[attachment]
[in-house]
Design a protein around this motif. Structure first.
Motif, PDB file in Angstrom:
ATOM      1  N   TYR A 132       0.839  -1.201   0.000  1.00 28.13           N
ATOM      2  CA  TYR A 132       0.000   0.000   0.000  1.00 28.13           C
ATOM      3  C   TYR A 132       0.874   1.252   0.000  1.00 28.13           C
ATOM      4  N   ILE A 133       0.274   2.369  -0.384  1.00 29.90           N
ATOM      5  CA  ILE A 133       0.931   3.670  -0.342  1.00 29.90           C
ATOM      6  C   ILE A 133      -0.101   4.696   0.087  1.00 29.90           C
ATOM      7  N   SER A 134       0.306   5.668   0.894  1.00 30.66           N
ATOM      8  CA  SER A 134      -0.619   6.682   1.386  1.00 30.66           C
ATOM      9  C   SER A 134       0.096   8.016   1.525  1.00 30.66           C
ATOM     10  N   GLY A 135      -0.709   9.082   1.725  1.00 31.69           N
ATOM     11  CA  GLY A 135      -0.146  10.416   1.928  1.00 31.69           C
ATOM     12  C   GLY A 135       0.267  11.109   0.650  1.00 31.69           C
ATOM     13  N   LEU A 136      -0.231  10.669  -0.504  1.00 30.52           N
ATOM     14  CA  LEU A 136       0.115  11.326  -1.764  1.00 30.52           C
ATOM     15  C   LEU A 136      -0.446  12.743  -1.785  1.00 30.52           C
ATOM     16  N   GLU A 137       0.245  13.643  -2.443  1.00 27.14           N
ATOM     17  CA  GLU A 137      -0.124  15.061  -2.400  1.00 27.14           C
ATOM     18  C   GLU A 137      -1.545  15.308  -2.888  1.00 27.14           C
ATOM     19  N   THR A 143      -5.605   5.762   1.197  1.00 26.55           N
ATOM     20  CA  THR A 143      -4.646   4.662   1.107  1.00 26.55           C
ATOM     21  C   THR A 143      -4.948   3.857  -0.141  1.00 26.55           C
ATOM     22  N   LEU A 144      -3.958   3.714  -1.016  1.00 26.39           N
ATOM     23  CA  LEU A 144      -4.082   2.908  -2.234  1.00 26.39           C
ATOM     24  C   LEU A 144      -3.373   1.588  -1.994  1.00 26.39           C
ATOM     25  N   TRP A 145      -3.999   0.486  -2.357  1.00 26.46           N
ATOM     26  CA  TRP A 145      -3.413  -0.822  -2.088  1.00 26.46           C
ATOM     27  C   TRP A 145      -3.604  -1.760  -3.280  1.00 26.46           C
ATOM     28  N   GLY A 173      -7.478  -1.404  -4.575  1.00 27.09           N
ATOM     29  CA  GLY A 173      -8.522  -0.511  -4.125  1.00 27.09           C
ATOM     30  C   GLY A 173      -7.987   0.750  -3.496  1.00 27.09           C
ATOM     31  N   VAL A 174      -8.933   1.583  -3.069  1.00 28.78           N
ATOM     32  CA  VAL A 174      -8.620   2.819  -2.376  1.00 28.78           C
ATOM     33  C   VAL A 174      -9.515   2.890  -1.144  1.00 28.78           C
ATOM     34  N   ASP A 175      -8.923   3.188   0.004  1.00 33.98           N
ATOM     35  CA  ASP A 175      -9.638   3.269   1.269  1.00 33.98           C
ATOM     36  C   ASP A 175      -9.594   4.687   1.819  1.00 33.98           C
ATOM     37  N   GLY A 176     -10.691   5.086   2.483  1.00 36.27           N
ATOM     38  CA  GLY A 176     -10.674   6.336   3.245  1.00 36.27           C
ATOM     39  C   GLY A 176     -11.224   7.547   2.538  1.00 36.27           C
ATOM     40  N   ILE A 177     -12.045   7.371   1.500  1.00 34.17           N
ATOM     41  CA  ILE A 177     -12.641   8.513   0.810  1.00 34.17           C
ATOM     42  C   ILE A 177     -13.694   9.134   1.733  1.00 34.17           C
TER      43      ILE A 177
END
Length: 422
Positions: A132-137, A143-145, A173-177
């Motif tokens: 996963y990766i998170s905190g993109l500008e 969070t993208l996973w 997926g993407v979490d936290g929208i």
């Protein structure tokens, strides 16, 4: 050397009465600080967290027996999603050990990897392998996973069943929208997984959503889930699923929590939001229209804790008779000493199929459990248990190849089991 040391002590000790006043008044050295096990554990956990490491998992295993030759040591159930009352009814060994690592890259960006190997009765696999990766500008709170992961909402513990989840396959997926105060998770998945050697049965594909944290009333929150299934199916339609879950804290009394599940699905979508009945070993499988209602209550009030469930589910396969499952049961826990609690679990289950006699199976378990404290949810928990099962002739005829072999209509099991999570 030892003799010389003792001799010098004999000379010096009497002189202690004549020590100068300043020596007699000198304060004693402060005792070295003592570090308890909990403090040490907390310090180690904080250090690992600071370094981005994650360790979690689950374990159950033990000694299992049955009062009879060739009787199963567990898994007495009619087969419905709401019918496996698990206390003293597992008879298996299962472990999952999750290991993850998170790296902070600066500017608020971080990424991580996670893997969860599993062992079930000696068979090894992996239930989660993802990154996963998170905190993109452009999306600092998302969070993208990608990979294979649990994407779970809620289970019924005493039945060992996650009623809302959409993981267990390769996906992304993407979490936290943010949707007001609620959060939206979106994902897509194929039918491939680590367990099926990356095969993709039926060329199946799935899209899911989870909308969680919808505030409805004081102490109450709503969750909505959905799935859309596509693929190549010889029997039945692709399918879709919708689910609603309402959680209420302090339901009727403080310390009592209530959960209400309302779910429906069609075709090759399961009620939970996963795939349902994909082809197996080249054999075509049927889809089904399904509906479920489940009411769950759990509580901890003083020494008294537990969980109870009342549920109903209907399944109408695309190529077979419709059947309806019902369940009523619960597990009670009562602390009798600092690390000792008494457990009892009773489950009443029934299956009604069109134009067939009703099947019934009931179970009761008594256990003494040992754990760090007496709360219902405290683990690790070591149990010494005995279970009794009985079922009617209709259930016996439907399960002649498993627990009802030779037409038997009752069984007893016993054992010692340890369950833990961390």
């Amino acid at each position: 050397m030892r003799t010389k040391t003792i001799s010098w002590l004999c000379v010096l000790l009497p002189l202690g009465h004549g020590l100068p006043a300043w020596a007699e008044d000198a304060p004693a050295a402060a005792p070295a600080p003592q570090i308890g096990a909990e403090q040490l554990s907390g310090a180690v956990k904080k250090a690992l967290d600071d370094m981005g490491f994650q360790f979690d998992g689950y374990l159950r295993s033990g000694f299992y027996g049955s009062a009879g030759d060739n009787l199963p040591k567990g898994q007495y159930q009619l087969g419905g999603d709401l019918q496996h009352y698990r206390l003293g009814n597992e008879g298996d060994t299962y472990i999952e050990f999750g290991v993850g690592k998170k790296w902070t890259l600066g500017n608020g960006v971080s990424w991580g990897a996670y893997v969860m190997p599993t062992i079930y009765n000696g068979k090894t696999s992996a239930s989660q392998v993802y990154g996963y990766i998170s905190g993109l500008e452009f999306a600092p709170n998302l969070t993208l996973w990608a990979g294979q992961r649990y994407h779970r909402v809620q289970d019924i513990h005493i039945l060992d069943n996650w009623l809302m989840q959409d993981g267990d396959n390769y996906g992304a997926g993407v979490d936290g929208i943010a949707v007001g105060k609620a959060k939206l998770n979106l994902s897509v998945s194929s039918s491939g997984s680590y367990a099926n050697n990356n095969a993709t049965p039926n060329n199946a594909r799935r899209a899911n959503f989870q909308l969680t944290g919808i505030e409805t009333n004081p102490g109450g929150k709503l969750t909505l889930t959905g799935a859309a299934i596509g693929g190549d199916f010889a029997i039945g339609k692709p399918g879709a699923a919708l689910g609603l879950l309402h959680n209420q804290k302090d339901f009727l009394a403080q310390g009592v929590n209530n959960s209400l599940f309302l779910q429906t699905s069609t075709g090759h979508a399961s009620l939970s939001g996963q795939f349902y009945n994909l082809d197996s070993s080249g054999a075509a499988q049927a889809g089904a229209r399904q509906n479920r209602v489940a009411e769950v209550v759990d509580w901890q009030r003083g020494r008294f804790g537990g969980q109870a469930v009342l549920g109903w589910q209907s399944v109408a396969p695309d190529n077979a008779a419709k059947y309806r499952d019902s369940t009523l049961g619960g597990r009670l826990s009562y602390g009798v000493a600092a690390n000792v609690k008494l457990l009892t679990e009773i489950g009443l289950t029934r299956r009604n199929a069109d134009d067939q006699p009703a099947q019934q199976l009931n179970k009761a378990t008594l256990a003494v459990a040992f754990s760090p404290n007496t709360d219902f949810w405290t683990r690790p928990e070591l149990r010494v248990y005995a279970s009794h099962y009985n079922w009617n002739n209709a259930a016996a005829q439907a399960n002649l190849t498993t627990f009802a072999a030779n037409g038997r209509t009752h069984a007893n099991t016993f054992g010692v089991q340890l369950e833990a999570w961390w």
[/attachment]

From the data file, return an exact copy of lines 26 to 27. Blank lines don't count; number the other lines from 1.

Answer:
ATOM     23  CA  LEU A 144      -4.082   2.908  -2.234  1.00 26.39           C
ATOM     24  C   LEU A 144      -3.373   1.588  -1.994  1.00 26.39           C